Double-wishbone suspension has been around for awhile, but the later versions have seen the most improvements. Double-wishbone suspension incorporates two wishbone-shaped arms, also called A-arms, placed in parallel on each side of the axle for each wheel. One end of the wishbone arm connects two joints to the chassis, while the other single joint connects at the steering knuckle, or wheel pivot point. A coil spring and shock mounts to the wishbone arms, to control vertical movement. Double-wishbone suspension allows independent wheel travel in several smaller axis, and depending upon the design, a vehicle owner can discover how this unique suspension works and how it is applied to modern vehicles.
Coil Spring Type 1 Wishbone
Coil spring type 1 wishbone suspension uses two A-arms stacked over each other. The arms are sometimes designated as upper and lower control arms. The base of the A-arms have two connection joints each, which mount to the vehicle chassis. The single end joints of the A-arms connect to the top and bottom of the wheel spindle, allowing a vertical hinging movement. The bottom A-arm functions as the main load carrier. A coil-over spring connects the bottom A-arm to the top shock tower. When the A-arms arc through their vertical movement, it allows a slight side-to-side motion, known as "scrub." During normal A-arm travel relative to the chassis position, a toe or steering angle and camber angle motion is allowed.
Coil Spring Type 2 Wishbone
The coil spring type 2 wishbone suspension has a double A-arm configuration similar to the type 1, although the bottom control arm can have a single support rod (arm) that connects to the chassis at one end and the spindle at the other, which takes away the "A" design. Type 2 wishbone suspension is not as popularly used as the type 1, since it requires more vertical room to accommodate the top-mounted shock and spring.
Multi-Link Wishbone Suspension
Multi-link suspension represents the latest innovation in double-wishbone suspension design and operation, commonly used in the Audi A4 and A8 cars. The double A-arm design feature is retained, but each arm of the upper and lower wishbones are separate constructions instead of one-piece, solid units. They join at the top and bottom of the spindle, similar to type 1 and 2, but have extra pivot joints in their length, which comprises four suspension arms. The extra pivot joints allow the suspension geometry to change when the wheel is turned, applying torque to all four suspension arms. This unique design provides improved road-holding qualities and allows for multiple suspension compensation and adjustments. In certain designs, shocks mount independently from the coil spring.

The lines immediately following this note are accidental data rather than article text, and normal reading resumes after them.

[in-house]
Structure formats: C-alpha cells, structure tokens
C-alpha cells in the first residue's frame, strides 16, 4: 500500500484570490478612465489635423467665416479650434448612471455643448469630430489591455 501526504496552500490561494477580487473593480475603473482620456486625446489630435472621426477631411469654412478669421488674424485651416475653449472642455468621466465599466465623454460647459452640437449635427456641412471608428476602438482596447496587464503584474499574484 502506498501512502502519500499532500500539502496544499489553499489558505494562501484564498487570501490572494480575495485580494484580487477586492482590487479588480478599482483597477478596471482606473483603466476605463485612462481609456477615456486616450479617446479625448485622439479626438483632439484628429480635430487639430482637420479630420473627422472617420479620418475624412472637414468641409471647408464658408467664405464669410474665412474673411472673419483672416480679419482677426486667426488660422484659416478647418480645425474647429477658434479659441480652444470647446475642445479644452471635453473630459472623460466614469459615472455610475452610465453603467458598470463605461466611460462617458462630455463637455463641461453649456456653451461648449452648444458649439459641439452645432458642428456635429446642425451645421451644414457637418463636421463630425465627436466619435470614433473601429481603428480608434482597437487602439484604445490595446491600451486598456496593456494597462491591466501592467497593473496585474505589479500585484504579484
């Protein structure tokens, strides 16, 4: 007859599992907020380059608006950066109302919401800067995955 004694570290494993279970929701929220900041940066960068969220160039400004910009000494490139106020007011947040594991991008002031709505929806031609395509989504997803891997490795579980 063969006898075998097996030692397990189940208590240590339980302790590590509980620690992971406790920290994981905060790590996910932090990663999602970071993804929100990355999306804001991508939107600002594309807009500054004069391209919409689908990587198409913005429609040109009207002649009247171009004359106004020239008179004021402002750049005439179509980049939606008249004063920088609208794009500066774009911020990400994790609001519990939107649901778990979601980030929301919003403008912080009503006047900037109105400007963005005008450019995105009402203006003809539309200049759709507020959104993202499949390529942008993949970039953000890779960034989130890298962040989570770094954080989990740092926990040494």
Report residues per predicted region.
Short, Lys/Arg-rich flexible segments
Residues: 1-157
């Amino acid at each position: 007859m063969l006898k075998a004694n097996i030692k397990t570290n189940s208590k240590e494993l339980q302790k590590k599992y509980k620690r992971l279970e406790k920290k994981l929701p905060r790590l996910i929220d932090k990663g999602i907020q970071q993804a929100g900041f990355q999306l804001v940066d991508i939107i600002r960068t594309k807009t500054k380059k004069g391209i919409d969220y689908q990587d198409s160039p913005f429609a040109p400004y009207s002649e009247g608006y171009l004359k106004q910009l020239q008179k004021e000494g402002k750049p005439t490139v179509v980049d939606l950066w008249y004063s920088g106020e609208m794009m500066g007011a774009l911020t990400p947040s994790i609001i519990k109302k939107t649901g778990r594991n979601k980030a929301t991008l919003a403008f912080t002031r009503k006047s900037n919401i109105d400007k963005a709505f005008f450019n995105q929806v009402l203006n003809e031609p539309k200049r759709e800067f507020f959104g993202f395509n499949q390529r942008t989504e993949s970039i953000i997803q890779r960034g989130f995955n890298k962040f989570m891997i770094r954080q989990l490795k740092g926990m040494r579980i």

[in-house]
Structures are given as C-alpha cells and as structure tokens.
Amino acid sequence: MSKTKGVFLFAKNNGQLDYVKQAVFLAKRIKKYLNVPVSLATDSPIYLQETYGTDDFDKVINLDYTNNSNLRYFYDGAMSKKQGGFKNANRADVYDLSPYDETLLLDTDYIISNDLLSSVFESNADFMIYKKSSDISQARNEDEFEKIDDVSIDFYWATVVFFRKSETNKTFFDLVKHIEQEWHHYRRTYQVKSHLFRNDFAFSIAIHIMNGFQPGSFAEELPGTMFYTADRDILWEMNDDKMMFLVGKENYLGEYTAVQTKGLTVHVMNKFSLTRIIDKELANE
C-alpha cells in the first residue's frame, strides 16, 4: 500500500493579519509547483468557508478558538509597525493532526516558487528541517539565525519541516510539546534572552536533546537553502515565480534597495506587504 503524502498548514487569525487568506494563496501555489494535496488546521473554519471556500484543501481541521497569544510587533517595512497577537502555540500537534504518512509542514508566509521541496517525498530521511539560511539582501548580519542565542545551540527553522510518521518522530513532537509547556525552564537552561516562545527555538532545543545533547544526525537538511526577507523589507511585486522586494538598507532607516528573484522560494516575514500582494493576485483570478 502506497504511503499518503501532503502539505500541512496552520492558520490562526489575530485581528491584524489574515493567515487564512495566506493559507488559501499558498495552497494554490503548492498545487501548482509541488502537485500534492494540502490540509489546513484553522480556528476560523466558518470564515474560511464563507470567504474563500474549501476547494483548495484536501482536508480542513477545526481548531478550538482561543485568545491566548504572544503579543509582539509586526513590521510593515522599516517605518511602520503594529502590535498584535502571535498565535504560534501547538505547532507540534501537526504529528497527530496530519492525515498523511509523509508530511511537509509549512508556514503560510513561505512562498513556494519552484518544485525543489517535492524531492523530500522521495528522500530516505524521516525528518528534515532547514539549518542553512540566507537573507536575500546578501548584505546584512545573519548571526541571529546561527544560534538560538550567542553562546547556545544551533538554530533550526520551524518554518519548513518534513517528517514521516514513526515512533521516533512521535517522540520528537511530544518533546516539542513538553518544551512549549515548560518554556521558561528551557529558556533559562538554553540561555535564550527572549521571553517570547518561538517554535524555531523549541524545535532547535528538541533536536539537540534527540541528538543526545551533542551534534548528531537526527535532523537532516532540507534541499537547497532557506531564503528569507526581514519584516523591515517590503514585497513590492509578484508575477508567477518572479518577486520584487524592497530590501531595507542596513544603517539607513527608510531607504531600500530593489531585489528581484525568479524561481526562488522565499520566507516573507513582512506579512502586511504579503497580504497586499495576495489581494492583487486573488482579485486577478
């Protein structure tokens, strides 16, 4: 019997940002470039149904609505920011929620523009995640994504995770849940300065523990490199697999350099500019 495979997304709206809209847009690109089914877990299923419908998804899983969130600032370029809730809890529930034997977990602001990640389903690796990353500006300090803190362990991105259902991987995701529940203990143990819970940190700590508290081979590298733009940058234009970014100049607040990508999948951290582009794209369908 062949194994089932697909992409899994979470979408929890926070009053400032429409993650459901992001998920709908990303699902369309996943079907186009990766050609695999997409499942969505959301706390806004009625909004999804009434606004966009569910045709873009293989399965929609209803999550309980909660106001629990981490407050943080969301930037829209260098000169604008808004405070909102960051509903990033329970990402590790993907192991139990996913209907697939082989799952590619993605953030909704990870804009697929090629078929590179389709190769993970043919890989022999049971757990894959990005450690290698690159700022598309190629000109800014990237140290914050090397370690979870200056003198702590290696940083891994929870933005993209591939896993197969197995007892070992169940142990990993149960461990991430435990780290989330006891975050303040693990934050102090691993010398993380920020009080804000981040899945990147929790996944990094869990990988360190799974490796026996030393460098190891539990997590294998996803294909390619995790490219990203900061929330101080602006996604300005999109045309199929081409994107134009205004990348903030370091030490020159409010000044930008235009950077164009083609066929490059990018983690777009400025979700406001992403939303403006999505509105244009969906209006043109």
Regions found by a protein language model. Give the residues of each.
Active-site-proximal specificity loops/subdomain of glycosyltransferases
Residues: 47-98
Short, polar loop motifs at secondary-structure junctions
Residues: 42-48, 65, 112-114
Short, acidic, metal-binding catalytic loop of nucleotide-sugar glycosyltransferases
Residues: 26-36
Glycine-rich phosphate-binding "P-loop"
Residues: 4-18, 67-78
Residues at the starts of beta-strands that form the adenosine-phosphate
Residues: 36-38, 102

Double-Wishbone Suspension Advantages
Double-wishbone suspension lends itself well to calibration of each moving joint in the system, since the load is more evenly spread between parts. With the variations of double wishbone systems, design loads are more simplified and can be tuned for different load, speed and cornering applications. Part design weights can be reduced and customized since load factors for each part are more readily known. Double-wishbone suspension allows for a more complete negative camber gain through maximum "jounce" -- rocking or bouncing -- travel, unlike the McPherson design, which only allows negative camber gain at the beginning of jounce travel.
Double-Wishbone Suspension Disadvantages
Double-wishbone suspension contains more moving parts than the simplified McPherson strut design. Replacement and service costs are higher for the added double-wishbone parts, and they often require multiple adjustments, which adds to labor time. Due the the complexity and added parts, the double-wishbone design adds extra weight to the vehicle chassis.
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